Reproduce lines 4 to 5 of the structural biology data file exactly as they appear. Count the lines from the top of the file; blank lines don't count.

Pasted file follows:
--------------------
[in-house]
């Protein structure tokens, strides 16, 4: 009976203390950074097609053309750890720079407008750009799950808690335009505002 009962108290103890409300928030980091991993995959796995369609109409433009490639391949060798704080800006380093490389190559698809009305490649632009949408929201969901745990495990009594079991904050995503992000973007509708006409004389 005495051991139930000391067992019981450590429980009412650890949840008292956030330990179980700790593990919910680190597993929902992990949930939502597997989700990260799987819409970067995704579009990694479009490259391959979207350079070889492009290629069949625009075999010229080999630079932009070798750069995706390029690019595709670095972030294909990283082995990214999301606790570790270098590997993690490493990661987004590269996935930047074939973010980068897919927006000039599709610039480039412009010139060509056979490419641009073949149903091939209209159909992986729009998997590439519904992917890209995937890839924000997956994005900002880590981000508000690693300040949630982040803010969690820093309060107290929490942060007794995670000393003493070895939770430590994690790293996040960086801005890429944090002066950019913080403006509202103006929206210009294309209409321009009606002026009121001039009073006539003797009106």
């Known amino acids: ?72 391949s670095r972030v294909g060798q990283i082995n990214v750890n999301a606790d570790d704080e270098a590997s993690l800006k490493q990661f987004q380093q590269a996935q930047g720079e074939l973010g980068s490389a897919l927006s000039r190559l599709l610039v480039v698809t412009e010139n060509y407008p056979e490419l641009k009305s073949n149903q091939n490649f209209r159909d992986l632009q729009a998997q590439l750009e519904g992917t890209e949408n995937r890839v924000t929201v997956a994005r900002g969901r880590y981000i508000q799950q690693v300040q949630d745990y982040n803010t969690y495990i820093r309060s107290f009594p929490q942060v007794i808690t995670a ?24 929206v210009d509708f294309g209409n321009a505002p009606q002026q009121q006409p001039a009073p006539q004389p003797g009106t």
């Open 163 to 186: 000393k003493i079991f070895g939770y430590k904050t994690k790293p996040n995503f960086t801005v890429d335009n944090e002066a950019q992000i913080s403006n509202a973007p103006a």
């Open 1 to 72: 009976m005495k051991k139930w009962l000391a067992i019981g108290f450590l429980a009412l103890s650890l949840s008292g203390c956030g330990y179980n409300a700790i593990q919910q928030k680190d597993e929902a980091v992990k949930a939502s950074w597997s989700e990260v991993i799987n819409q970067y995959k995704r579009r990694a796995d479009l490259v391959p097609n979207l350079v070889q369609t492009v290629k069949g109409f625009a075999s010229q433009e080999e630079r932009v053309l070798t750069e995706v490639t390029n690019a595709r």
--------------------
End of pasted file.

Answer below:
């Open 163 to 186: 000393k003493i079991f070895g939770y430590k904050t994690k790293p996040n995503f960086t801005v890429d335009n944090e002066a950019q992000i913080s403006n509202a973007p103006a």
């Open 1 to 72: 009976m005495k051991k139930w009962l000391a067992i019981g108290f450590l429980a009412l103890s650890l949840s008292g203390c956030g330990y179980n409300a700790i593990q919910q928030k680190d597993e929902a980091v992990k949930a939502s950074w597997s989700e990260v991993i799987n819409q970067y995959k995704r579009r990694a796995d479009l490259v391959p097609n979207l350079v070889q369609t492009v290629k069949g109409f625009a075999s010229q433009e080999e630079r932009v053309l070798t750069e995706v490639t390029n690019a595709r």